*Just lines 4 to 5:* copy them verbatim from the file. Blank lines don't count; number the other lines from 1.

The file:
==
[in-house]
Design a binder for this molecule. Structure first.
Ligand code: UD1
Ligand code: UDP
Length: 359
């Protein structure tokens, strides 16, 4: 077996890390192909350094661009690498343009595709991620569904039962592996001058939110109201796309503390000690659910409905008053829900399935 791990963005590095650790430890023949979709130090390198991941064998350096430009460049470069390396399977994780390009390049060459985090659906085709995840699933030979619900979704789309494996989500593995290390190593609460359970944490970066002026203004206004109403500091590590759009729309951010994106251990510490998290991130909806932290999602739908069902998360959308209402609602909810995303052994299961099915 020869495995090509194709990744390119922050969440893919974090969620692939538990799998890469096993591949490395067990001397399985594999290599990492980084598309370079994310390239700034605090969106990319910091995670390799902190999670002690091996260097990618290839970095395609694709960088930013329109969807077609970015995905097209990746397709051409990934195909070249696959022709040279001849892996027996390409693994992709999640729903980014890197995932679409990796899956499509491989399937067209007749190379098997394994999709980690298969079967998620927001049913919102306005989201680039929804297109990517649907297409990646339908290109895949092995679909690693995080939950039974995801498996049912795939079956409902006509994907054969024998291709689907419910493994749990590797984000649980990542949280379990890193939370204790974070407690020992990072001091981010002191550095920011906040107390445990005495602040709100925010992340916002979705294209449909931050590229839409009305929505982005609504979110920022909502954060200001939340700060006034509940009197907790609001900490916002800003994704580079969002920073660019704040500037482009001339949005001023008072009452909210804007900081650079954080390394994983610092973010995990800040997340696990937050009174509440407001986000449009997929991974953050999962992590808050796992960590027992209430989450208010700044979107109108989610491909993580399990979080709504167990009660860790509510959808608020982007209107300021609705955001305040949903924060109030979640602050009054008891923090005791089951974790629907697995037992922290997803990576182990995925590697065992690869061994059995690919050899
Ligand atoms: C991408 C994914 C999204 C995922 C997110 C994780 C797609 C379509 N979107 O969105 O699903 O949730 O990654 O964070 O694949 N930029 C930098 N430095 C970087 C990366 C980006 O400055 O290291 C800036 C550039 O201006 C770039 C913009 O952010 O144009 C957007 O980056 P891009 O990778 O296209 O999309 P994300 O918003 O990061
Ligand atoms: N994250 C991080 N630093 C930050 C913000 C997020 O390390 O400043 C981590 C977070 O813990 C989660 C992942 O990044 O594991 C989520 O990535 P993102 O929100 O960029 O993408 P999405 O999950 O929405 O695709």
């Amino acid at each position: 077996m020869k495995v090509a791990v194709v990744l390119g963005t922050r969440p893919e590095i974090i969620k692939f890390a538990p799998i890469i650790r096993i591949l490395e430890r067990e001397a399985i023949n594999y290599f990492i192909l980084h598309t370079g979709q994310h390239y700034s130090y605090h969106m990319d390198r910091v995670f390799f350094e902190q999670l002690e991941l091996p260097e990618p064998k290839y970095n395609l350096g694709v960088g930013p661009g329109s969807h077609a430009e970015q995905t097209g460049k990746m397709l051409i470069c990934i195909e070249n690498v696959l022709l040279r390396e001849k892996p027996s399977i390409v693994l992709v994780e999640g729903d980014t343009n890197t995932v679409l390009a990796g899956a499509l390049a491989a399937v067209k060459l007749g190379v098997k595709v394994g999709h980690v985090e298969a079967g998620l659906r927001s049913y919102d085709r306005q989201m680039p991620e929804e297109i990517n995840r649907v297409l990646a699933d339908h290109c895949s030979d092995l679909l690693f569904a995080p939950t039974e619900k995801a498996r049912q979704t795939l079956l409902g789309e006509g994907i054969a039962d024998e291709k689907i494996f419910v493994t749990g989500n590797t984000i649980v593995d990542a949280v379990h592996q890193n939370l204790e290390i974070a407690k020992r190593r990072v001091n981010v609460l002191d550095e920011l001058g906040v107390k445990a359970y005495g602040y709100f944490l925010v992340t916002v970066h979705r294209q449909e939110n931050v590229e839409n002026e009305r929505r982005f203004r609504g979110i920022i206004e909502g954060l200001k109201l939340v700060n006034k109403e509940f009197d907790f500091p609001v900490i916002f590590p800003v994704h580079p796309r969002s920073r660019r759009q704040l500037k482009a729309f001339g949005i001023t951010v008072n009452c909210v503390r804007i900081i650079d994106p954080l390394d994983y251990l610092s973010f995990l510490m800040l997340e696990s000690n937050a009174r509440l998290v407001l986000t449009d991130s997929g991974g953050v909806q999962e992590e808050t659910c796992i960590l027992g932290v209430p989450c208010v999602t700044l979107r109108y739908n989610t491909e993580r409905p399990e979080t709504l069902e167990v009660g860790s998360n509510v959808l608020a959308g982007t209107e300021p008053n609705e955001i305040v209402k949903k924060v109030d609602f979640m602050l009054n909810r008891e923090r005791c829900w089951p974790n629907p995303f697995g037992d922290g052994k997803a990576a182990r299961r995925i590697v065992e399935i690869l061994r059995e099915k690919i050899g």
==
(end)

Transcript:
Ligand code: UDP
Length: 359